Leg 76 has a web 104 affixed to an upper end thereof. Web 104 has a top flange 106 projecting therefrom and a hole 108 extends through the flange 106. A similar bottom flange 112 having a hole 114 therethrough projects from web 104 at a lower end of the web.

Leg 80, has a web 118 fixed to and projecting from an upper end of the leg. A flange 120 with a hole 122 therethrough projects from the top of web 118. Another flange 124 having a hole 126 therethrough projects from a bottom of the web 118.

As shown best in FIG. 2, a user person 38 of the assembled and set up shooting chair 10 will straddle the shooting arm 36, will place his back against the seat back rest 18, his firing arm on the armrest 20 and his other hand grasping the support arm 16 beneath the U-shaped cradle end 64. The user will telescope extender 68 into or out of receiver length 54 and then raise and lower the pivoting support arm 16 until a good sight picture is obtained with a target. The user person may then fire as many rounds as desired, with the position of the gun held at the same assigned height.

It will be apparent that either a right handed or a left handed shooter can use the shooting chair 10 equally well. To change the shooting chair, as shown set up for use by a right handed shooter, to fit a left handed shooter, it is only necessary to move the armrest 20 to the opposite side of support arm 16 and to then reposition the support arm 16 with the support arm extending to an opposite side of the padded seat 26.

When a user person is ready to fold the shooting chair 10, the legs 76, 78 and 80 are released from the latch arm 82 and are swung together by pivoting the webs of legs 76 and 80 around the sleeve 100. The legs 76, 78 and 80 are thus pivoted together; the shooting arm 36 is pivoted to be angled over the padded seat 26; and the support arm is removed from the support post 22. The support post 22 is released to swing downwardly towards the leg and then is secured in its downwardly extending position. The support arm 16 is attached to a receiver portion of the shooting arm by inserting the angled finger 130 of a pivot pin 132, through a hole 134. Hole 134 extends through the end of the support arm 16 being secured to the shooting arm, intermediate the length of the shooting arm. The end of the finger 130 is inserted through the hole 134 of the support arm 16 such that the end of the portion of the support arm having the back rest 18 thereon engages the leg 78. A flexible strap 136, affixed to the back rest 18 is wrapped tightly around the legs 76, 78 and 80 and the support arm 16 and is then locked into place with a fastener, such as a hook and loop fastener known by the trademark “VELCRO” on the strap. When the legs 76, 78 and 80 are folded together, the leg 138 can extend downwardly from sleeve 100 to terminate in a foot 140.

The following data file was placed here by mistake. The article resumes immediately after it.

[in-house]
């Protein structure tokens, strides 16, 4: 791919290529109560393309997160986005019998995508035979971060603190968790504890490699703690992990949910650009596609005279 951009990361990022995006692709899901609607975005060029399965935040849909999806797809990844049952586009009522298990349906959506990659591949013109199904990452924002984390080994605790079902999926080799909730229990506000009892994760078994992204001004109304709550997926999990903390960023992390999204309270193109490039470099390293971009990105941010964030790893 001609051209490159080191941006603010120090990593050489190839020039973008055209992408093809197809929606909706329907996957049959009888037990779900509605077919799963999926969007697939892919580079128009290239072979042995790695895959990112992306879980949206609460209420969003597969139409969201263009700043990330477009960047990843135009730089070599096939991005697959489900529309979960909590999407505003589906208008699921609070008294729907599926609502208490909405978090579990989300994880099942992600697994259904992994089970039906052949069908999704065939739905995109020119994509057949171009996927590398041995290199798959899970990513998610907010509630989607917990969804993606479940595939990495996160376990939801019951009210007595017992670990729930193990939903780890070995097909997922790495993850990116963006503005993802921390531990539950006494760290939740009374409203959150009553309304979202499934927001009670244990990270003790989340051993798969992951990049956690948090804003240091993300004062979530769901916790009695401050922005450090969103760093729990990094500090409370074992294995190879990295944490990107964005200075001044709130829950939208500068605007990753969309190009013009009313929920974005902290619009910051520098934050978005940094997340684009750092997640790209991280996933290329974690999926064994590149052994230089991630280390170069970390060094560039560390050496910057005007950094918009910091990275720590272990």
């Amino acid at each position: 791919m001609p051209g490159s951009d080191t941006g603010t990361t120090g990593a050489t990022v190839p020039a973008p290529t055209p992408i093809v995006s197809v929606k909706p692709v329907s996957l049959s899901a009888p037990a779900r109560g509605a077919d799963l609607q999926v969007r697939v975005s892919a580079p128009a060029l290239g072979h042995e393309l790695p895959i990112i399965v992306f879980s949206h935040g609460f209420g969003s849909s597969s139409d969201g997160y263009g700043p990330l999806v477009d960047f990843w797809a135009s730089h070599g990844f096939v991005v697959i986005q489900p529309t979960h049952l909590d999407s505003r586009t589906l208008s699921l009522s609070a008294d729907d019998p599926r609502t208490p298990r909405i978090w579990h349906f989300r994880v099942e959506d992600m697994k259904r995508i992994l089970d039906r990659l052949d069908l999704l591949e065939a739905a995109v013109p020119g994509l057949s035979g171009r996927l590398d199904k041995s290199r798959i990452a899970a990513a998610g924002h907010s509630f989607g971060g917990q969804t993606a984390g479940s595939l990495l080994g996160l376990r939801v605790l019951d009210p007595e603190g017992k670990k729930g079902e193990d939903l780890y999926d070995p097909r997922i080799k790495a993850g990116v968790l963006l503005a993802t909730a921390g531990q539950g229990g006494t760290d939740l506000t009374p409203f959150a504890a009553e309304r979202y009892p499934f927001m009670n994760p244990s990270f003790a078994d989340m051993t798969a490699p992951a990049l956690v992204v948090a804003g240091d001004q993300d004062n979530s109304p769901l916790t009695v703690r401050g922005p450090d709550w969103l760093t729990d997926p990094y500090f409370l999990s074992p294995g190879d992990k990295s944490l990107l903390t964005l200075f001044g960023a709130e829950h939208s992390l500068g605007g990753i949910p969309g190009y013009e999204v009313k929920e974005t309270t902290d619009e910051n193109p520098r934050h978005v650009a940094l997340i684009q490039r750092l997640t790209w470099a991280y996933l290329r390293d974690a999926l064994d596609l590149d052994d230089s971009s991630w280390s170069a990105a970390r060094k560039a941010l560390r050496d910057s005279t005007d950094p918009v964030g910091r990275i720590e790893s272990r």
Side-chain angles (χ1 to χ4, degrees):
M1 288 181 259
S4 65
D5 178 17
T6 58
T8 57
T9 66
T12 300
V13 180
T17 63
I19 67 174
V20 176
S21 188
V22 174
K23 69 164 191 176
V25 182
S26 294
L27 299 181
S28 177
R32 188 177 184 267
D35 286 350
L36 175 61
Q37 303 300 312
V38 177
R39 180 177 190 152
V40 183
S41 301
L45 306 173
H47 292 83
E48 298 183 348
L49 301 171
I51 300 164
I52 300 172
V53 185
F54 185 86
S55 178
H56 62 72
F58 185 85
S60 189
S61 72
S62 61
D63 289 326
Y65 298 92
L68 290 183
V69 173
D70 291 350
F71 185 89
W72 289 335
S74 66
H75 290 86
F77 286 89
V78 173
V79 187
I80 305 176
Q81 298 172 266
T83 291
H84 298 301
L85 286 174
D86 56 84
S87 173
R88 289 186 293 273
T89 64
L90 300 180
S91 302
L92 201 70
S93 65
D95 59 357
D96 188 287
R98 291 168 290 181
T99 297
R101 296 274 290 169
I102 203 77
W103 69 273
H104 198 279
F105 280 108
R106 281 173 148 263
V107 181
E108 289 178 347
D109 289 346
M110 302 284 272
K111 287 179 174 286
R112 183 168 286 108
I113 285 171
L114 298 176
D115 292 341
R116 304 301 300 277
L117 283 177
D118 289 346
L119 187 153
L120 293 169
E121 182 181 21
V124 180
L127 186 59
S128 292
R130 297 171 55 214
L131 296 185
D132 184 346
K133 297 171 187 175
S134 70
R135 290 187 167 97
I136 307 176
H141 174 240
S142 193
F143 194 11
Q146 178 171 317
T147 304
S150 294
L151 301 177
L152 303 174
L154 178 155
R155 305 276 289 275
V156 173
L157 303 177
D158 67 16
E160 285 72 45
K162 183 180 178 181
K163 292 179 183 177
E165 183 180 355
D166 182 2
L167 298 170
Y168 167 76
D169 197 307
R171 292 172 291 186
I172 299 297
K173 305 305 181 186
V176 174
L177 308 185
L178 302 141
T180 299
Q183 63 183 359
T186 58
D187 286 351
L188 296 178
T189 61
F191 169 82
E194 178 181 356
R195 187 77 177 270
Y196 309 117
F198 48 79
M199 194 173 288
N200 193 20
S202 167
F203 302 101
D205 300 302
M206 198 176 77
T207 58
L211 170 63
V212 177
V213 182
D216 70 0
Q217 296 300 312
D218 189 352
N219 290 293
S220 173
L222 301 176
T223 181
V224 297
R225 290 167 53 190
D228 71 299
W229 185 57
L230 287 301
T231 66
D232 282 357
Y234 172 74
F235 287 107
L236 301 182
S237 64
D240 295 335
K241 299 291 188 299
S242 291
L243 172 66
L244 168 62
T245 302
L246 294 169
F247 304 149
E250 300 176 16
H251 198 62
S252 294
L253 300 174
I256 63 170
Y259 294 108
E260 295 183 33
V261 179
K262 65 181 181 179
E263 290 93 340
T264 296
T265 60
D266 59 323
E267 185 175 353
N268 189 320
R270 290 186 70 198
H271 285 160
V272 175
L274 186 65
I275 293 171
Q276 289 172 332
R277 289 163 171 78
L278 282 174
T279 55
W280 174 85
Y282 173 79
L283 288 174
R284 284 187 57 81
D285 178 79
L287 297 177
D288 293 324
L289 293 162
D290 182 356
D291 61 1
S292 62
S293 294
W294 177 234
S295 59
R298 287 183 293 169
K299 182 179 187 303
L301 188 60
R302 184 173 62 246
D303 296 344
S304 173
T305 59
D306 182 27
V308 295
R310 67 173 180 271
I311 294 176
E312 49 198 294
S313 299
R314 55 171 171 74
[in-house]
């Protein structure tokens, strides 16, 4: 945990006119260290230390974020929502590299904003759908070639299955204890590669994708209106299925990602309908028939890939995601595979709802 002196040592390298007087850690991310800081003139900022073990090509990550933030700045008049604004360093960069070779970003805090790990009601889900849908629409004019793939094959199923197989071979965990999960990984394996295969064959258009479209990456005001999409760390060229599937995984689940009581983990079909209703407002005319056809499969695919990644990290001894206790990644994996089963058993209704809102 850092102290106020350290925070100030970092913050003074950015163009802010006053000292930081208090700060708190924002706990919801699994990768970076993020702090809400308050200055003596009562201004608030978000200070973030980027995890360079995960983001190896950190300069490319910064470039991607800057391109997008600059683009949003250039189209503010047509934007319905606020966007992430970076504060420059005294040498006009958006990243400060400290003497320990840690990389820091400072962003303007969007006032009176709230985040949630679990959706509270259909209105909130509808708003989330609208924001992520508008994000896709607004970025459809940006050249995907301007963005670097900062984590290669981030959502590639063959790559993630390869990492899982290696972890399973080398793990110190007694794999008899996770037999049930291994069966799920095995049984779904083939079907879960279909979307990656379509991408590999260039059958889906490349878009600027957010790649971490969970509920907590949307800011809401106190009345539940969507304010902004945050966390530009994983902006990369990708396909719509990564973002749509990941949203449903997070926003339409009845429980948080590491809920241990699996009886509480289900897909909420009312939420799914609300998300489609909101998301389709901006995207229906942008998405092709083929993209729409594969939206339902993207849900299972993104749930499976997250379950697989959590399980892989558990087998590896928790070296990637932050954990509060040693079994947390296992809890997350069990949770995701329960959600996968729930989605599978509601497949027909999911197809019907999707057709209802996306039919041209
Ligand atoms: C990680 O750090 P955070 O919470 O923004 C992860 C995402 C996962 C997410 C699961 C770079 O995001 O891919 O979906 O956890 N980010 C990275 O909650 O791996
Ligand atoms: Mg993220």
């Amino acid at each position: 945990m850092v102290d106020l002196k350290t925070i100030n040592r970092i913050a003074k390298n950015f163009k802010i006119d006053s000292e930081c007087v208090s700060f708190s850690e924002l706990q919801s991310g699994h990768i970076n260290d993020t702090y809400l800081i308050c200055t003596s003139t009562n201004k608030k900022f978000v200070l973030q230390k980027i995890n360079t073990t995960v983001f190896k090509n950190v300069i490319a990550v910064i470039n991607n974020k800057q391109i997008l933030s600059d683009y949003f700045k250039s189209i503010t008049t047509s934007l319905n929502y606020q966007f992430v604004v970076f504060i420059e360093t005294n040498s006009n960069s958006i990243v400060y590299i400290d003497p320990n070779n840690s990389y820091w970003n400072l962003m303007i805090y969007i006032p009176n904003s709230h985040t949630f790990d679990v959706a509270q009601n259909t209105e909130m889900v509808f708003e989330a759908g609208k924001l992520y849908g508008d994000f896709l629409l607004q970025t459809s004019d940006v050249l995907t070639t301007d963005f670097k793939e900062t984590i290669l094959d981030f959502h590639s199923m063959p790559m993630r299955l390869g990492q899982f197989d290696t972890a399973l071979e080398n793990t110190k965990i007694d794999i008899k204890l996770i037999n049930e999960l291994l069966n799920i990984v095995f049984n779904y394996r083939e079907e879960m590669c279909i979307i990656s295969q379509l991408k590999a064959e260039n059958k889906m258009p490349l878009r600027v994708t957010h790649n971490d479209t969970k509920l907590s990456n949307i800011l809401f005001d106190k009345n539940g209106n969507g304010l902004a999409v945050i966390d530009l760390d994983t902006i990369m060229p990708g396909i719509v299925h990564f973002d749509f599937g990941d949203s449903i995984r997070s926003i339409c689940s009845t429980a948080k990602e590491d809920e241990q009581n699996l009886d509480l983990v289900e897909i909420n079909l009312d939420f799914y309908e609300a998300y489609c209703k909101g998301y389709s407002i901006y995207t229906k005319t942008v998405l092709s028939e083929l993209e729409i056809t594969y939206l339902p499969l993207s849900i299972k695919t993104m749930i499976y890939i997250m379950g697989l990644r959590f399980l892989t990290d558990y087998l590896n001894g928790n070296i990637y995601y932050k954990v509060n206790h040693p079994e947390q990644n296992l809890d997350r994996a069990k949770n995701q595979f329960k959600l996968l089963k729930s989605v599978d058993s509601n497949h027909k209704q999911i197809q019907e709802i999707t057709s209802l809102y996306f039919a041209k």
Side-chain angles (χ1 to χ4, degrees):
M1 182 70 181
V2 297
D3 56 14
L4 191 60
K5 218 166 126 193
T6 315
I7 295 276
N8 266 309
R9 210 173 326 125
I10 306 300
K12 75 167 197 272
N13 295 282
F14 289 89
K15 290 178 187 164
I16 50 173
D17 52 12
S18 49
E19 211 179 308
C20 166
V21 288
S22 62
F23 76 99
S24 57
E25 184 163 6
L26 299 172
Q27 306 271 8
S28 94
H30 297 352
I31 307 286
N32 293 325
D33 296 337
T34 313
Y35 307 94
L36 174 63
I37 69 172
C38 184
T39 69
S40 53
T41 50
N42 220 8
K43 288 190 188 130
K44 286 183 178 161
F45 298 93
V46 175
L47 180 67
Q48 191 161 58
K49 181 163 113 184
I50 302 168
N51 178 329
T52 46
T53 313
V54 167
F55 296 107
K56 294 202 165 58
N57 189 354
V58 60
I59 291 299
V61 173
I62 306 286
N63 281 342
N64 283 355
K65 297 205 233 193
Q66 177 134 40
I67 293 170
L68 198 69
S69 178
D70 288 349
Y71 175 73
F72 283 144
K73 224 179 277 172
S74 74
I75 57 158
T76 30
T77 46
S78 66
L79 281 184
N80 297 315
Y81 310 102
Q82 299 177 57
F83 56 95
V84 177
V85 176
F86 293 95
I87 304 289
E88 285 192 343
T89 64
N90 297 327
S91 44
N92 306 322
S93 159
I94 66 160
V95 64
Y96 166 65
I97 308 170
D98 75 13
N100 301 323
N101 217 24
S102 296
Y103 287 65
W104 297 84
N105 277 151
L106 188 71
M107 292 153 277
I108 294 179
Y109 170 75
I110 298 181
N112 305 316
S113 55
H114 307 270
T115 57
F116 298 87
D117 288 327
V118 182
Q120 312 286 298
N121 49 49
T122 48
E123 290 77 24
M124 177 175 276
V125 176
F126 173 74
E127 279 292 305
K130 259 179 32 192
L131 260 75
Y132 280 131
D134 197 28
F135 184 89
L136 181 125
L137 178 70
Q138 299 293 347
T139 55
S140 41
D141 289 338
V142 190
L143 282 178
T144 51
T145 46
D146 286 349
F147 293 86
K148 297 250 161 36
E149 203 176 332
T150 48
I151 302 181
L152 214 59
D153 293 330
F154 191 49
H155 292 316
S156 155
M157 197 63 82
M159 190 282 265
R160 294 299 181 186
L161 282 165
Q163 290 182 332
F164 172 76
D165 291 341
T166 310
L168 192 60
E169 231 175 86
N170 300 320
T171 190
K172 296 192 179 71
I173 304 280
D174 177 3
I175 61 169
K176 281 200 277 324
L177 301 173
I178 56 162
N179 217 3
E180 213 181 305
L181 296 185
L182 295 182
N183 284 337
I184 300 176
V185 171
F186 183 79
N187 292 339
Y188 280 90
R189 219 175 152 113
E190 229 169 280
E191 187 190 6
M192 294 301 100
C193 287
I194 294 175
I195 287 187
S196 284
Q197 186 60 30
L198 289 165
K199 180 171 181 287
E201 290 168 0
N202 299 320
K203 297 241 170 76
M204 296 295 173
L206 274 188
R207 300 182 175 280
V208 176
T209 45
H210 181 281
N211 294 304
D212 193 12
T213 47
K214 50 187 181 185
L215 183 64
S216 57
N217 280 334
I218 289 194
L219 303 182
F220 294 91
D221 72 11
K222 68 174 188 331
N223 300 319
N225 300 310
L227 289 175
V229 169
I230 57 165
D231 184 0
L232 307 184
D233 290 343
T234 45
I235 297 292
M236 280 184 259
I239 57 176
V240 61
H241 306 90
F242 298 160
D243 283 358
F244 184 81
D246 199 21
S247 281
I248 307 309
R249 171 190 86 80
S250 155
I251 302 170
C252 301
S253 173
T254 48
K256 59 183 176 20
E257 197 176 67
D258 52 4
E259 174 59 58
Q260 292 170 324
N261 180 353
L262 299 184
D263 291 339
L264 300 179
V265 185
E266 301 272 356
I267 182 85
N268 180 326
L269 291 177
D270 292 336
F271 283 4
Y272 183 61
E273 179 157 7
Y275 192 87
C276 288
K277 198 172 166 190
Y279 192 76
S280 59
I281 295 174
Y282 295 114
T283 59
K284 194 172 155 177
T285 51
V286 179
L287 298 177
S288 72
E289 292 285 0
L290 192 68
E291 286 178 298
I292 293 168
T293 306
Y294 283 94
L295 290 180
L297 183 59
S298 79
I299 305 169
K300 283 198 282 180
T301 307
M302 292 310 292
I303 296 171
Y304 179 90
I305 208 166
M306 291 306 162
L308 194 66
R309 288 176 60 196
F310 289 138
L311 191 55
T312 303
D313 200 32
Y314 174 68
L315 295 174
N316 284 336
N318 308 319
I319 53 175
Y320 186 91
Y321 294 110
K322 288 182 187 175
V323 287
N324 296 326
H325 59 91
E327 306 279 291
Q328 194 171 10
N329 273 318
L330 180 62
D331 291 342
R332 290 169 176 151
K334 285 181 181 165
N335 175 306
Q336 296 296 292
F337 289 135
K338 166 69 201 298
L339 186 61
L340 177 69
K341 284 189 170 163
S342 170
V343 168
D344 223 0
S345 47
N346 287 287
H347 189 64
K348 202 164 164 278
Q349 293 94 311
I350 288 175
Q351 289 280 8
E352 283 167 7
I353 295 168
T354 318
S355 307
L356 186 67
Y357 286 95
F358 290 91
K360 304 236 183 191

When the shooting chair 10 is in a folded condition, the foot 140 and the ends of legs 76, 78 and 80 having feet 84, 86 and 88, respectively thereon will rest on the ground and the shooting chair 10 will be supported above. In this condition, the curved right angle bend 34 of the support arm 16 becomes a handle to be grasped by the user in picking up the foldable shooting chair 10. The support arm 16, has one end affixed to the shooting arm 36 and extends over the top of the shooting chair and is secured to the legs 76, 78 and 80. With the extensions 30 and 32 of the support arm extending respectively downwardly towards the shooting arm and downwardly towards the legs, the shooting chair 10 is balanced to make carrying of the chair easier. By sliding a carrying hand forward or reverse with respect to the curved right angle bend 34 of the carrying handle, the weight of the assembly can be changed to be heavier in front or heavier in back and this will facilitate carrying as a user person traverses irregular ground.

Although preferred forms of my invention have been herein disclosed, it is to be understood that the present disclosure is by way of example and that variations are possible without departing from the subject matter coming within the scope of the following claims, which subject matter I regard as my invention.

Classifications
U.S. Classification297/411.27
International ClassificationA47C7/54
Cooperative ClassificationA01M31/02
European ClassificationA01M31/02
Legal Events
DateCodeEventDescription
Oct 18, 2013FPAYFee payment
Year of fee payment: 8
Mar 18, 2010FPAYFee payment
Year of fee payment: 4
Mar 18, 2010SULPSurcharge for late payment
Nov 30, 2009REMIMaintenance fee reminder mailed